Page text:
by Lavinia Ludlow
If gross-out humor has a tragic cousin, then Lavinia Ludlow is a master of the form. Her new novel, Single Stroke Seven, begins with the protagonist, Lillith, castrating a drug-crazed former coworker in self-defense and then blasts off into a stratospheric series of riffs on trying, failing, and trying again to follow one’s passion in a world dulled in equal measure by the nine-to-five demands of corporate adulthood and the empty nihilism of prolonged adolescence.
Adding to the drama is the fact that Lillith’s band, Dissonanz, includes three man-children who can’t get their act together long enough to rehearse so much as a single song, let alone get a gig. That they’ve been together for over a decade only adds to her ennui, and even side gigs—like playing for a post-Riot Grrrl punk band fronted by a psychopath—complicate her life exponentially.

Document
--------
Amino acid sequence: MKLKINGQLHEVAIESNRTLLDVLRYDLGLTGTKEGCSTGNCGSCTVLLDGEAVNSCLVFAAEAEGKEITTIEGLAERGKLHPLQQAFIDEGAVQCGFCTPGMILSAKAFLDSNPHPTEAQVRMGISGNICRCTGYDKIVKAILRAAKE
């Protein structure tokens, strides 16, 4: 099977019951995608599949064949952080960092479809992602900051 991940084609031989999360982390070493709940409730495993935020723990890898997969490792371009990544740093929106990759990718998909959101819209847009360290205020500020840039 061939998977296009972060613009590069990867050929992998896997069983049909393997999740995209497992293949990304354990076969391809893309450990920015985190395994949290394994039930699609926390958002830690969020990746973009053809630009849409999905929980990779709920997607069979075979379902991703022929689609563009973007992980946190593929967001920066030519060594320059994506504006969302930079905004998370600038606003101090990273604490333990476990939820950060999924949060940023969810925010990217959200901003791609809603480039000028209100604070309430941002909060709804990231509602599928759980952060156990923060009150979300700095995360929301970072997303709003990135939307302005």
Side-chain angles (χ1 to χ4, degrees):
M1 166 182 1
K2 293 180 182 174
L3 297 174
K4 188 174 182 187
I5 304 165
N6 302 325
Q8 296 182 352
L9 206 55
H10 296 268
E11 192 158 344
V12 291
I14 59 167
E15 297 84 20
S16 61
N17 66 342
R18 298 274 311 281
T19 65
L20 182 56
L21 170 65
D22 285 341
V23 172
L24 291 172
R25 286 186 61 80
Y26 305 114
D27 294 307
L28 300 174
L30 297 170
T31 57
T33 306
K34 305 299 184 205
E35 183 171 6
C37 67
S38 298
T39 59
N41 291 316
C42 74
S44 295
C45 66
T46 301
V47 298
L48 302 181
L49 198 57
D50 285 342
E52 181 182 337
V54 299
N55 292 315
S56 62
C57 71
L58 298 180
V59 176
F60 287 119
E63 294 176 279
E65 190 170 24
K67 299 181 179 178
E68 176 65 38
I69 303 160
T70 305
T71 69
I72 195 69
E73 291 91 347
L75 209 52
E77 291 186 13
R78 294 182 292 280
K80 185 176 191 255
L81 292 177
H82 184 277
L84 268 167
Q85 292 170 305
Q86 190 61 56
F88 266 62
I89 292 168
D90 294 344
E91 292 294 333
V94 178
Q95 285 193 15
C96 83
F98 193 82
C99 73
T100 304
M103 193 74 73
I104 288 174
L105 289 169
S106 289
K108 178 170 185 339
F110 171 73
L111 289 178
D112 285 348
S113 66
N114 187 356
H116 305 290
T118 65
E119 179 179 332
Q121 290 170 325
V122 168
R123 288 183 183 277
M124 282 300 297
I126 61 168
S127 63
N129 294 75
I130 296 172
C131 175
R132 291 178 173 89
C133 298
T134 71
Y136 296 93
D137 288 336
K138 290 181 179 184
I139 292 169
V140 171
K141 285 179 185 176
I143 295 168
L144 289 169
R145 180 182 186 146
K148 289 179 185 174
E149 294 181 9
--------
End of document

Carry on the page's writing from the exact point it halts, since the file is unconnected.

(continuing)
Yet for all of its—grit, for lack of a better word—Single Stroke Seven is a novel with heart. The title refers to a basic drum pattern, but it’s also a metaphor for everything Lillith wants from life. Teaching percussion to earn extra money, she transcribes the pattern onto a sheet of manuscript paper for a young student who responds to the image with pleasure. “I like this one,” he says. “They’re all holding onto each other so no one’s lonely.”
Ultimately, this is what Single Stroke Seven is all about—searching for meaning in a soul-sucking world and hanging onto friends (even if they’re losers) because the alternative is unbearable.
Shelf UnboundContributing Editor Marc Schuster is the author of The Grievers, The Singular Exploits of Wonder Mom Party Girl, Don DeLillo, Jean Baudrillard, and the Consumer Conundrum, and, with Tom Powers, The Greatest Show in the Galaxy: The Discerning Fan’s Guide to Doctor Who. He is the editor of Small Press Reviews, and his work has appeared in numerous magazines and journals. Marc teaches writing and literature courses at Montgomery County Community College in Blue Bell, Pennsylvania.